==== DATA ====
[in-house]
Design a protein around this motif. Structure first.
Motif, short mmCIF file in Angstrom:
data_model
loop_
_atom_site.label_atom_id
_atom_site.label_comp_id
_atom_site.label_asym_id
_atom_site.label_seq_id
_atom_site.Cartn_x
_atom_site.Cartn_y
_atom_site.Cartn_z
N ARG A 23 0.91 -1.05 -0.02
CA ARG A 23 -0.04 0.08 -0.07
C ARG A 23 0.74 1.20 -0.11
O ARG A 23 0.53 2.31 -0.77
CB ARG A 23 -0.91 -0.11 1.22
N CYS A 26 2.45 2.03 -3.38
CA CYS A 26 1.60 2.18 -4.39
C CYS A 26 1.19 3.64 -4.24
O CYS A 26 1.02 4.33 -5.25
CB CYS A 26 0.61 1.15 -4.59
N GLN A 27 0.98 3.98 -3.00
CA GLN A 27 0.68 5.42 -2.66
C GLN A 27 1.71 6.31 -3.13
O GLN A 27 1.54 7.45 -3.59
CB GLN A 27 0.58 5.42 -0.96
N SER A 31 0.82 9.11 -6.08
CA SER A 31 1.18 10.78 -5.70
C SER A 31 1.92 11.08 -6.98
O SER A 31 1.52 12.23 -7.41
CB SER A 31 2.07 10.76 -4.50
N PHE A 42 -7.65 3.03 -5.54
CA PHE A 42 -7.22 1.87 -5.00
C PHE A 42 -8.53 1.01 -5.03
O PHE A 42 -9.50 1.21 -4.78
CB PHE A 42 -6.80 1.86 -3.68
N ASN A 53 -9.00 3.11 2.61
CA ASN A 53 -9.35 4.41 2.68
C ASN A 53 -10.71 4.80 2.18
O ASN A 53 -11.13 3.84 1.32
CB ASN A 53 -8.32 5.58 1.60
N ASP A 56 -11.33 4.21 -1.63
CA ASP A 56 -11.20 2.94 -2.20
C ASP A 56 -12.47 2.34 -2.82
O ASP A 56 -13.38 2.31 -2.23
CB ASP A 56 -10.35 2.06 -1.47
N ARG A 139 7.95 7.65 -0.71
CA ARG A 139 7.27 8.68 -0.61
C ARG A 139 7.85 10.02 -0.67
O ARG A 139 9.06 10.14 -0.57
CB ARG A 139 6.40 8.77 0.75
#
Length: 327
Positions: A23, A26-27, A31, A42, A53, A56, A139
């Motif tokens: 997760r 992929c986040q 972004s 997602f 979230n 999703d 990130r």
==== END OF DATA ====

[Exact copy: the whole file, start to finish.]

[in-house]
Design a protein around this motif. Structure first.
Motif, short mmCIF file in Angstrom:
data_model
loop_
_atom_site.label_atom_id
_atom_site.label_comp_id
_atom_site.label_asym_id
_atom_site.label_seq_id
_atom_site.Cartn_x
_atom_site.Cartn_y
_atom_site.Cartn_z
N ARG A 23 0.91 -1.05 -0.02
CA ARG A 23 -0.04 0.08 -0.07
C ARG A 23 0.74 1.20 -0.11
O ARG A 23 0.53 2.31 -0.77
CB ARG A 23 -0.91 -0.11 1.22
N CYS A 26 2.45 2.03 -3.38
CA CYS A 26 1.60 2.18 -4.39
C CYS A 26 1.19 3.64 -4.24
O CYS A 26 1.02 4.33 -5.25
CB CYS A 26 0.61 1.15 -4.59
N GLN A 27 0.98 3.98 -3.00
CA GLN A 27 0.68 5.42 -2.66
C GLN A 27 1.71 6.31 -3.13
O GLN A 27 1.54 7.45 -3.59
CB GLN A 27 0.58 5.42 -0.96
N SER A 31 0.82 9.11 -6.08
CA SER A 31 1.18 10.78 -5.70
C SER A 31 1.92 11.08 -6.98
O SER A 31 1.52 12.23 -7.41
CB SER A 31 2.07 10.76 -4.50
N PHE A 42 -7.65 3.03 -5.54
CA PHE A 42 -7.22 1.87 -5.00
C PHE A 42 -8.53 1.01 -5.03
O PHE A 42 -9.50 1.21 -4.78
CB PHE A 42 -6.80 1.86 -3.68
N ASN A 53 -9.00 3.11 2.61
CA ASN A 53 -9.35 4.41 2.68
C ASN A 53 -10.71 4.80 2.18
O ASN A 53 -11.13 3.84 1.32
CB ASN A 53 -8.32 5.58 1.60
N ASP A 56 -11.33 4.21 -1.63
CA ASP A 56 -11.20 2.94 -2.20
C ASP A 56 -12.47 2.34 -2.82
O ASP A 56 -13.38 2.31 -2.23
CB ASP A 56 -10.35 2.06 -1.47
N ARG A 139 7.95 7.65 -0.71
CA ARG A 139 7.27 8.68 -0.61
C ARG A 139 7.85 10.02 -0.67
O ARG A 139 9.06 10.14 -0.57
CB ARG A 139 6.40 8.77 0.75
#
Length: 327
Positions: A23, A26-27, A31, A42, A53, A56, A139
């Motif tokens: 997760r 992929c986040q 972004s 997602f 979230n 999703d 990130r």